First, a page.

Canada Becomes First G20 Country To Ban Shark Fin Trade
Canada has become the very first G20 country to ban the shark fin trade, putting a stop to the import and export of shark fins.
It is hoped this bill, which received royal assent on Friday, will help to protect and preserve at risk species of shark.
Although shark finning in Canada’s domestic fisheries industry has been banned since 1994, the country is known to be the largest importer of shark fins outside of Asia. This step forward marks the culmination of years of hard work on the part of campaigners and legislators.
As reported by BBC News, Canada imported more than 148,000 kg (326,000 lbs) of shark fins in 2018 alone.
The shark fin trade is thought to have contributed to the vulnerable status of many shark species throughout the world, with an estimated one-third of fins which are sold coming from at risk shark species.
On a global scale, it is estimated between 75 to 100 million sharks each year are killed for their fins, with the predators being unable to reproduce at the rate needed to keep up their numbers.
As reported by New Atlas, this positive announcement was made by the Minister of Fisheries, the Honourable Jonathan Wilkinson, who has given the following statement:
Shark finning is an unquestionably destructive practice, which is contributing to the global decline of sharks and posing an ongoing threat to ocean ecosystems.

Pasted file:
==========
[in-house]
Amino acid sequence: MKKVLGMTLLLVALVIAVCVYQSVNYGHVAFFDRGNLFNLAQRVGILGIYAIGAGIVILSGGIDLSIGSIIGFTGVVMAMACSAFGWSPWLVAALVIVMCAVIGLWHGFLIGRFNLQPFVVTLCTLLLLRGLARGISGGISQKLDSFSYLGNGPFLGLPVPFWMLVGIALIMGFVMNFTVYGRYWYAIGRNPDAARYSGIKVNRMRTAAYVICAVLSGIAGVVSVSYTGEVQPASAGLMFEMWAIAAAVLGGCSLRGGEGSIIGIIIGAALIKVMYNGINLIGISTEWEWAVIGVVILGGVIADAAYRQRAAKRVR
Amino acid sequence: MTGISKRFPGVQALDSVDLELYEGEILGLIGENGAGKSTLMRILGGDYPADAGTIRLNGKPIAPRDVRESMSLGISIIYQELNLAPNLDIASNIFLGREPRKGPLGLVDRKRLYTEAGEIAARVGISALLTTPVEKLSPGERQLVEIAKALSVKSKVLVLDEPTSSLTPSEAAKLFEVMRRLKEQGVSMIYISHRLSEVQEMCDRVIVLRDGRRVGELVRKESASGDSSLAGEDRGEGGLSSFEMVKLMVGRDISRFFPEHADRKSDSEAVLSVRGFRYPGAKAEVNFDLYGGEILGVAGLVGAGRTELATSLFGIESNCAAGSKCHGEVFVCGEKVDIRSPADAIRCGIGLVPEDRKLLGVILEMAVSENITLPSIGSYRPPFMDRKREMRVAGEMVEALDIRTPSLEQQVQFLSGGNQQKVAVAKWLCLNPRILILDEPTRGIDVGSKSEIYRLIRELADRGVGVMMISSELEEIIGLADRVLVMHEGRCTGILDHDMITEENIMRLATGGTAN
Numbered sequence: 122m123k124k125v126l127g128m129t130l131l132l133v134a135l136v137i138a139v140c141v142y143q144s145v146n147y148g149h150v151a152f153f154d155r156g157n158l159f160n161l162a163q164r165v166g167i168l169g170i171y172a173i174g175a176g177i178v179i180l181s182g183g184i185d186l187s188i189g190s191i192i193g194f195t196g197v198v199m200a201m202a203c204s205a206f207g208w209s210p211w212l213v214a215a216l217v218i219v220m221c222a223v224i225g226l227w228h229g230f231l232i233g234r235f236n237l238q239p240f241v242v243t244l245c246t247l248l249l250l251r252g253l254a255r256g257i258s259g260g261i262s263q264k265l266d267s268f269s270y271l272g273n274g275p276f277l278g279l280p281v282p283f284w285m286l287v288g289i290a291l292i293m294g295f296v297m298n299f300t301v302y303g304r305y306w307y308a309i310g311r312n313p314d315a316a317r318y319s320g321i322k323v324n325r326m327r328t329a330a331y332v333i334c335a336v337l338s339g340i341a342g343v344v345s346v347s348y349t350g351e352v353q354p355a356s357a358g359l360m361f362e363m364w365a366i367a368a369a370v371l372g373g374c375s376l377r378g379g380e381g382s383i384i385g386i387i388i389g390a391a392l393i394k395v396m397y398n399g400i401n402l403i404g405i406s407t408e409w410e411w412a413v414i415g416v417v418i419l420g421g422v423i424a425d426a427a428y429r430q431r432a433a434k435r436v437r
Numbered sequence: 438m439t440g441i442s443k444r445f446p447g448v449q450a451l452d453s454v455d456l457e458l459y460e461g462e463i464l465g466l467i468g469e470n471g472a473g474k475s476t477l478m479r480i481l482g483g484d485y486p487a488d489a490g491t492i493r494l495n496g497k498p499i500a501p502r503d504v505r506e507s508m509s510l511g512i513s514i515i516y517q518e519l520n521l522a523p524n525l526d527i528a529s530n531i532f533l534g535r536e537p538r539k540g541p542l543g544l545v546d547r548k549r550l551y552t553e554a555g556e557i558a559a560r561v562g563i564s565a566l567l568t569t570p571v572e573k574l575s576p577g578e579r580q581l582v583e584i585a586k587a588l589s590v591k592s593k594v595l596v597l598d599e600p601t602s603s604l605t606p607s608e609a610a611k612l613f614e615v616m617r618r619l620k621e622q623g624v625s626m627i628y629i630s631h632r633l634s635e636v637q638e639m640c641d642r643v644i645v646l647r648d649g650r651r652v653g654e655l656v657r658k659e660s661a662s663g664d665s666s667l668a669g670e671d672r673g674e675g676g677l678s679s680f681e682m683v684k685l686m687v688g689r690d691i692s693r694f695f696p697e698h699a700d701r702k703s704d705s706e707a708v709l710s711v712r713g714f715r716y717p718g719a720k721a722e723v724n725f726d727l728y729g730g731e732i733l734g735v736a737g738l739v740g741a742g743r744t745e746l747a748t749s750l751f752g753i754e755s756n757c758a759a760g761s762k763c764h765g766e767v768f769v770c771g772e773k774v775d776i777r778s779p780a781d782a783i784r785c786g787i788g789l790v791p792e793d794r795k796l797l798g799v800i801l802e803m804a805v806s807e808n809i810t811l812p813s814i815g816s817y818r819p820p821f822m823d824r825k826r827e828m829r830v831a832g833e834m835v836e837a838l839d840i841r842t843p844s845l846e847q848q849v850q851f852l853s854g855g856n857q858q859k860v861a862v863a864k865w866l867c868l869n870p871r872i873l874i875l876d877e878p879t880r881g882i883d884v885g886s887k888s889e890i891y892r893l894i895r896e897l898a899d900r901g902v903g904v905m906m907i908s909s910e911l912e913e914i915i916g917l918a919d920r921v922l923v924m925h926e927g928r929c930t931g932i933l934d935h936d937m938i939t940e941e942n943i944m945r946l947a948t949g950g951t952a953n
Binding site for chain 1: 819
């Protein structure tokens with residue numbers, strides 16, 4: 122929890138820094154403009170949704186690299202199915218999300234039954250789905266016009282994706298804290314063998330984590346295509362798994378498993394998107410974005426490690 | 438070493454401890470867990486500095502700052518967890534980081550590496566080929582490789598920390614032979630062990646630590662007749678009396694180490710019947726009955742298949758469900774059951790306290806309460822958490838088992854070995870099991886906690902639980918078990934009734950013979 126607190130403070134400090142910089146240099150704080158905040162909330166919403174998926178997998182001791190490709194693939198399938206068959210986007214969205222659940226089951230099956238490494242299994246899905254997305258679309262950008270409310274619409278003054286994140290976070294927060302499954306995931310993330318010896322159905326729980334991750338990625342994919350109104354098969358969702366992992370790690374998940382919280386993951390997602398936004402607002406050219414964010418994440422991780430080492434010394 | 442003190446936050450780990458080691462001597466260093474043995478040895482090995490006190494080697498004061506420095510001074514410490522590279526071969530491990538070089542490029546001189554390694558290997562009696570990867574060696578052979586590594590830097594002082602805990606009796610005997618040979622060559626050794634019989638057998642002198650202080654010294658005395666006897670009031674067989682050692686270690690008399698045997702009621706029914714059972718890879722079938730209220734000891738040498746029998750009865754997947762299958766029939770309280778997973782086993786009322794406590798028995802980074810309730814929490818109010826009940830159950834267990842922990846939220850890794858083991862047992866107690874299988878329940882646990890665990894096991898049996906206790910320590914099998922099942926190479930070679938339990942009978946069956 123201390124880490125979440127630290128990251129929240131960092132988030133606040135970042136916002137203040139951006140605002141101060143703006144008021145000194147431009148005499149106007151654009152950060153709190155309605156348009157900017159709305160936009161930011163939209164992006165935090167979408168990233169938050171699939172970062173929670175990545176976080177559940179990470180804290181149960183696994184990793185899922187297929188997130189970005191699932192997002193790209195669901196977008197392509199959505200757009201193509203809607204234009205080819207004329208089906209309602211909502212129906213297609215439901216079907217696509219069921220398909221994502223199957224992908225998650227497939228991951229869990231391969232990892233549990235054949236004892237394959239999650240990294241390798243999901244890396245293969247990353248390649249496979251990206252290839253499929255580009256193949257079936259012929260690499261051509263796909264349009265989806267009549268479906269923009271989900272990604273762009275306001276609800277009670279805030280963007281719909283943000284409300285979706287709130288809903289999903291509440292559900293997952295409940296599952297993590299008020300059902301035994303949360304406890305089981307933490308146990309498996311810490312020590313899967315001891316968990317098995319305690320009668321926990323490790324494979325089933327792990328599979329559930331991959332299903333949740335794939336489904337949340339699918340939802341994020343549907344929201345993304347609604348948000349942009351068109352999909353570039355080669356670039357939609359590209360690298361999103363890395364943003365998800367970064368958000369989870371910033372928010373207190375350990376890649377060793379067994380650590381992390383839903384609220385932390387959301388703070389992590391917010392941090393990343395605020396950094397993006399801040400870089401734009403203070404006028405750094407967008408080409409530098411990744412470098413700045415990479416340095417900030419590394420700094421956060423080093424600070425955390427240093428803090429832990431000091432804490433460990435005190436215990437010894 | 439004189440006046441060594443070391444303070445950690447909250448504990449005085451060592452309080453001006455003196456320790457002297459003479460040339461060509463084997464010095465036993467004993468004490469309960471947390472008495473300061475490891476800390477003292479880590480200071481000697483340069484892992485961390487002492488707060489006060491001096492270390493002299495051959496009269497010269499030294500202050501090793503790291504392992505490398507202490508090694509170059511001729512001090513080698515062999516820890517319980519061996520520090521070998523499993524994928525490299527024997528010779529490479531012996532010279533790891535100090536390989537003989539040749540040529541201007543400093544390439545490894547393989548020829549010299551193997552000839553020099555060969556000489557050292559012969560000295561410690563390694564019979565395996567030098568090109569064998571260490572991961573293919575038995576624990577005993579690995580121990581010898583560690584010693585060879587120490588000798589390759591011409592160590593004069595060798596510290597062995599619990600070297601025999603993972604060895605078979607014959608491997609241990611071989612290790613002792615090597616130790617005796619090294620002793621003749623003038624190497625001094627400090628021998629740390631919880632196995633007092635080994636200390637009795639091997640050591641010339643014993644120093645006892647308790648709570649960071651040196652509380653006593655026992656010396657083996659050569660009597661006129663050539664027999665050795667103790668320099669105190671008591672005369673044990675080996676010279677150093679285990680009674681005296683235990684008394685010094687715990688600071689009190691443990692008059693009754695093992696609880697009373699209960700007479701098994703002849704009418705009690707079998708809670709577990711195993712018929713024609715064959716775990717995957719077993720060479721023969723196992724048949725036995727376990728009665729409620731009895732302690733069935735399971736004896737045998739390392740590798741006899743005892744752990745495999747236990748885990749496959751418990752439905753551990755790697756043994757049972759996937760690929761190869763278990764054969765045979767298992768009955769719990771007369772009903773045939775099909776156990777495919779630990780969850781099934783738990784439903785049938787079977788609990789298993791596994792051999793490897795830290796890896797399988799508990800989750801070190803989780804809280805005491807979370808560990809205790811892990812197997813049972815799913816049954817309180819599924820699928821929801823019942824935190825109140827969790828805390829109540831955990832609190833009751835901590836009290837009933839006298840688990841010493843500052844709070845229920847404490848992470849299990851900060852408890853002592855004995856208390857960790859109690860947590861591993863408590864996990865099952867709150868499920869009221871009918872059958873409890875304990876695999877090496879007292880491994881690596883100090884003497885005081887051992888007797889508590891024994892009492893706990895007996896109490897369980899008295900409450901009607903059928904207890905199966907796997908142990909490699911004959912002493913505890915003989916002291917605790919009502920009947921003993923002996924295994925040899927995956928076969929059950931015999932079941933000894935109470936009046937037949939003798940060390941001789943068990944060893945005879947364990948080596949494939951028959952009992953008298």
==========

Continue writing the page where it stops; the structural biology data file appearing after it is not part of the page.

The new actions announced today are a clear example of Canadian leadership on the conservation of our ocean environment.
Shark fins are among the most expensive seafood items on earth, and are considered to be a delicacy in some countries. These fins are used in dishes such as shark fin soup, and is also an ingredient in some traditional Chinese medicines.
Shark finning is known to be an unusually cruel practice, which causes great suffering to sharks. As reported by The Guardian, fins are cut from the sharks while they are still alive before they are thrown back into water.
Well done to Canada for working towards the long-term protection of these fascinating ocean predators. Hopefully other countries will soon follow suit.
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